And that, more or less, is also how I was drawn back to leyning two decades after my bar mitzvah. Shul had to go on; the Torah needed to be read, so I sat teaching myself to do what had, in adolescence, felt impossible. (And still, among my community’s handful of regular Torah readers, I am the least melodious and least capable.)

    A year later, as our summer ranks thinned again, I couldn’t guarantee that I’d be in shul, since I was awaiting the birth of my second daughter. Even if it left a significant burden on the few others available to leyn, I couldn’t make the commitment.

    So I paced. I could feel the absence in my forearms. It was physical.

    It’s a strange practice, this almost-singing of the Torah. If you ask why it’s done, the first answer you’re likely to hear is that it clarifies the grammar. Hebrew is written without vowels; as it appears in a Torah scroll, it’s also without punctuation. Naturally, this creates ambiguity, even for the fluent readers who have been a minority in Jewish history. Torah trop – the te’amim – signal which syllable should be stressed and which words link together in syntactic units; they clarify where verses begin and end.

    To take one example from the Sh’ma: The first passage from Deuteronomy that the prayer includes begins, in English, “You will love the Lord your God.” But the word as it appears in written Hebrew, even with vowels included, still might mean two very different things depending on how the word is pronounced. V’ahavta is perfect: “And you loved.” V’ahavta, stressed on the final syllable, is imperfect: “You will love.” The role of the te’amim is to ensure the correct and precise reading of the Torah, to maintain the continuity of its meaning from week to week and generation to generation.

    a colorful painting of the city of Jerusalem

    Sharon Feldstein, O, Jerusalem no. 2, acrylic on wood, 2022.

    That’s important. But it doesn’t really answer the question: Why sing? After all, other languages have found systems for clarifying ambiguity that don’t require cantillation. Why not simply memorize the correct accentual stress, rather than a fairly elaborate set of notes?

    One answer is beautification. The monks of medieval Europe did not simply copy texts but made them beautiful through calligraphy and illumination. Similarly, a talented ba’al kriyah illuminates the text of the Torah in the way that he reads it – my shul’s rabbi emeritus is a wonderful tenor who uses his voice not for his own acclaim but to express the beauty of Torah itself. But what of a friend of mine, widely acknowledged as a skilled ba’al kriyah, whose voice might be generously described as atonal?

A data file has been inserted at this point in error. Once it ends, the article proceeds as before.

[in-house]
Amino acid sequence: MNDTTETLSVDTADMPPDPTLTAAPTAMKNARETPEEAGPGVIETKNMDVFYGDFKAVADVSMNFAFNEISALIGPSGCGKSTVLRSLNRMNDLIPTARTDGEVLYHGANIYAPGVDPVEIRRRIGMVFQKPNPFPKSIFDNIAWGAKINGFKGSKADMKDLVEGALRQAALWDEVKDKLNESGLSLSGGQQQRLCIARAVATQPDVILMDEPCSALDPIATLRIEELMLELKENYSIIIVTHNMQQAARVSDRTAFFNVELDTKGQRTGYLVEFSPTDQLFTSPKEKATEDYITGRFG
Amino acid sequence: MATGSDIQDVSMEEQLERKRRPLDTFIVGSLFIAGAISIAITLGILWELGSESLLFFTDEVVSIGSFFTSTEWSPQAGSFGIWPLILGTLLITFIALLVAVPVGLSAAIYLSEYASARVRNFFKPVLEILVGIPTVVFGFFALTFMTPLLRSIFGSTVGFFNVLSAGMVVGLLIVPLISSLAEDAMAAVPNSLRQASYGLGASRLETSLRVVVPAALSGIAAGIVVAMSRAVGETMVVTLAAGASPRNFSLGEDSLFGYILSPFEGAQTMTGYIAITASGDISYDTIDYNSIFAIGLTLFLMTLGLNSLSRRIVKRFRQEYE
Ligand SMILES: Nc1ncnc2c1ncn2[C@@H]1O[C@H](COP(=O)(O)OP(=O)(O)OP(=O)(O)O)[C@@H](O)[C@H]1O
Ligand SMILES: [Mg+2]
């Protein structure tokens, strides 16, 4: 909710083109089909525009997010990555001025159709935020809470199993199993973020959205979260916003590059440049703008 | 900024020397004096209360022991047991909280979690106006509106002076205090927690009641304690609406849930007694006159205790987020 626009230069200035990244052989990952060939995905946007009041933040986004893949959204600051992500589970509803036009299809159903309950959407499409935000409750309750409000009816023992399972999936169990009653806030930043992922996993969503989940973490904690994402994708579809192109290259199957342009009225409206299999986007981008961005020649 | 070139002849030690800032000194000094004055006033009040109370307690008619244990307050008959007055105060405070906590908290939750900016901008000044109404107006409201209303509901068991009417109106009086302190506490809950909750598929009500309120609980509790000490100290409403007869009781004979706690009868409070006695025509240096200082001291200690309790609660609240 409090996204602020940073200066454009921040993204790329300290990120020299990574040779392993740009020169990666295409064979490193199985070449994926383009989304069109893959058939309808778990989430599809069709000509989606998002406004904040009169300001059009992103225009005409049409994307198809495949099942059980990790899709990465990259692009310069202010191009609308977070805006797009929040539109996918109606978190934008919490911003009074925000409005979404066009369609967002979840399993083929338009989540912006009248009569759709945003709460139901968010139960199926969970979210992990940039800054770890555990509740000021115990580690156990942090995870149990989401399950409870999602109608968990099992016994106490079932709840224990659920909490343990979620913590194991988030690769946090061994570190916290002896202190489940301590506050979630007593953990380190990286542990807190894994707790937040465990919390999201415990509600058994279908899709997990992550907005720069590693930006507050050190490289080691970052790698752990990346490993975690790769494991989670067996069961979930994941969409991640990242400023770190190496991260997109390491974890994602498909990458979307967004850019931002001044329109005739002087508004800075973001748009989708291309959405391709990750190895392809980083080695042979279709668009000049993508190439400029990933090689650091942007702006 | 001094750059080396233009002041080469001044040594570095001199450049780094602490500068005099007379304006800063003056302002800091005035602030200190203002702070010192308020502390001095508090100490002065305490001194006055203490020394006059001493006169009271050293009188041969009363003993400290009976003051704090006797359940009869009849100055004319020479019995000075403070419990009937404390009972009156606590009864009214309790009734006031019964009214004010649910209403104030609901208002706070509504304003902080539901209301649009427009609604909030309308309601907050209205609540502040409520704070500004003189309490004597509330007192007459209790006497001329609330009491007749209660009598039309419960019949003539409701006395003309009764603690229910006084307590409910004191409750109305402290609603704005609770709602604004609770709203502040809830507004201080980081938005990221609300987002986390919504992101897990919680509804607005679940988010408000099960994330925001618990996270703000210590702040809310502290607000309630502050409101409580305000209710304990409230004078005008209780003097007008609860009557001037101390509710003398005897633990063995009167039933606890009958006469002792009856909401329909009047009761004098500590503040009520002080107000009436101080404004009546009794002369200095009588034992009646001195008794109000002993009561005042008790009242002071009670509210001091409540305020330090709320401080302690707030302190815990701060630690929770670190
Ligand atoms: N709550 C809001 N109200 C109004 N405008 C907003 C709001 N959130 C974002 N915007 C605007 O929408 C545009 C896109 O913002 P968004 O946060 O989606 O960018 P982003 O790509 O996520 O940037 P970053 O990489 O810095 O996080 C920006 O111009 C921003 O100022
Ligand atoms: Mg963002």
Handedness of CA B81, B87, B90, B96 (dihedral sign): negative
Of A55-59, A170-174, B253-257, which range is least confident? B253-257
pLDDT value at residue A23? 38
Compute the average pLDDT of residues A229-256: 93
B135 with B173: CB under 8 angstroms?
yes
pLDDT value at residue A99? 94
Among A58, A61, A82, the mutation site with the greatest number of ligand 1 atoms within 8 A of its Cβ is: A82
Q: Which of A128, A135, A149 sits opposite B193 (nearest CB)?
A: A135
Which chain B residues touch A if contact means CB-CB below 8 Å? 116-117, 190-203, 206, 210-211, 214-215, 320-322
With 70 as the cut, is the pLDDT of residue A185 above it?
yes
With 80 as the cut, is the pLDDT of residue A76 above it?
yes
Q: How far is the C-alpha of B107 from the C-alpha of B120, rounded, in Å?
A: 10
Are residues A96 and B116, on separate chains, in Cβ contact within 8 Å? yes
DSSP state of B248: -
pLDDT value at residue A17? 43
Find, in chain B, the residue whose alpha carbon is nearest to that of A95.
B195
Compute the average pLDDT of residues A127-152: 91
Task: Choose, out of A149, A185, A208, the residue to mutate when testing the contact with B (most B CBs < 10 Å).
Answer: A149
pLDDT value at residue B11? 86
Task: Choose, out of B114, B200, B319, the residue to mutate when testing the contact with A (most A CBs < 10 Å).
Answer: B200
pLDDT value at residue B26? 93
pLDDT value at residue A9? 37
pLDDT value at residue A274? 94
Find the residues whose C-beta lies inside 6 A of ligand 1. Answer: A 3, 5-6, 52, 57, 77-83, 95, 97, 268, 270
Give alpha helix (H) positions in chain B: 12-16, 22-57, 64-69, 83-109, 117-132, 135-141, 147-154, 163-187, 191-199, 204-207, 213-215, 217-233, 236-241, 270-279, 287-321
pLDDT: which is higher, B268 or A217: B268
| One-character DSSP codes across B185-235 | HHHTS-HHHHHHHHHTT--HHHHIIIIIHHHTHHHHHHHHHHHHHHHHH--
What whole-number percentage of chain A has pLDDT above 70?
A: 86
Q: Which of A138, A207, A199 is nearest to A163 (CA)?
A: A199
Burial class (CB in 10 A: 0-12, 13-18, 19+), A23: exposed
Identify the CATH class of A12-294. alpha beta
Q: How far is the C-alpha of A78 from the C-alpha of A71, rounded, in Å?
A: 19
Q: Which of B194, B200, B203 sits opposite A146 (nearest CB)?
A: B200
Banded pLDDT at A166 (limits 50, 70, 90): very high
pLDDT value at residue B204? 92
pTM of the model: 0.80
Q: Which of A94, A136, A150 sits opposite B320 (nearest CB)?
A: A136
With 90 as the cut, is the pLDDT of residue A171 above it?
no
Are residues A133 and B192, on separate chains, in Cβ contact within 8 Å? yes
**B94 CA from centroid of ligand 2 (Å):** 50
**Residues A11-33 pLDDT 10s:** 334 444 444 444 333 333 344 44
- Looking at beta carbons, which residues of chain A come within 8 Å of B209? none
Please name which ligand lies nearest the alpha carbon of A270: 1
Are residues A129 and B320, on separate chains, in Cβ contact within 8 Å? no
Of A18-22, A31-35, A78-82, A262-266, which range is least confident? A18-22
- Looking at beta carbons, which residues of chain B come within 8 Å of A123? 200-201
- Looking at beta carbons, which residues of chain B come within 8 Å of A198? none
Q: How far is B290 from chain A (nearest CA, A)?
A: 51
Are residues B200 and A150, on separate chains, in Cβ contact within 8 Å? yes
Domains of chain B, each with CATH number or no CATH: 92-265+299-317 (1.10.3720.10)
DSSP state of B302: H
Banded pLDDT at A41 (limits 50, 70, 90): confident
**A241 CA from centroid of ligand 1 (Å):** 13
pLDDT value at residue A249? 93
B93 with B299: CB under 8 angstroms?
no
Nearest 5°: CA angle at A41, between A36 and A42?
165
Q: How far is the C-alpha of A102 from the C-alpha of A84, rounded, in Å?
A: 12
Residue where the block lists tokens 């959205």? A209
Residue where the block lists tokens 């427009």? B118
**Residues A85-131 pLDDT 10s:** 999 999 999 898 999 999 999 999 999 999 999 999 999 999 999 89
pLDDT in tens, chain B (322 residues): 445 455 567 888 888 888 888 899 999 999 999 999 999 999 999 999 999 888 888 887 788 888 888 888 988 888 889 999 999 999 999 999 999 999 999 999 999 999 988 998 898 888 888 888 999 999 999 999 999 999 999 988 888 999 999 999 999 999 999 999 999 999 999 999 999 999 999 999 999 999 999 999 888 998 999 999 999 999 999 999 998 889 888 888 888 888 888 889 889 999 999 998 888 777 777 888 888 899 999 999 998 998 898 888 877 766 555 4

Another answer is memorization: the music aids in the accurate memorization and recitation of the words, both on a weekly basis and across generations. This should ring true: songs are easier to memorize than prose. We can find examples of this across languages and throughout history: the consistent rhythms of oral poetry, for example, may well beautify it – but they also aid in both its composition and memorization.

    Jewish tradition locates the origins of this explanation within the Bible itself. The medieval exegete Rashi, for example, glosses a passage from the Talmud (Eruvin 21b) to credit Solomon with the creation of a system of notation for transmitting te’amim. Nedarim 21b cites Rabbi Yitzchak, who holds that the te’amim are the “law of Moses from Sinai”: that is to say, are not just a way of reading Torah, but are themselves a part of the Oral Torah.

    These answers bring us back to Judaism’s awareness of its own precarity. It’s not just that, in every generation, there will be those who seek to destroy us. Even without this, Judaism would have faced a crisis of transmission, the need to preserve sacred texts through an initially oral tradition. Most oral traditions lend themselves to the gradual transformation of their texts, but the gift of holy scripture is not meant to be so flexible.

    So, why sing the Law? None of these explanations fully answers that question. Each treats the te’amim as a tool, a set of practices to ensure accuracy and to beautify. Chanting the Torah is part of the performance that joins generations week to week and year to year. But the te’amim are not just a means. As Rabbi Yitzchak insists, they are not simply a vehicle for Torah but are themselves Torah. They, too, are transmitted from week to week.

    I’m not good at prayer. My mind wanders; I struggle to maintain the kind of intentionality and awareness that Judaism calls kavana. When the mid-century Modern Orthodox philosopher and rabbi Eliezer Berkovits writes of those whose “lips – apparently guided unconsciously – continue to form the words automatically,” whose heads know when to bow and knees to bend, I recognize myself.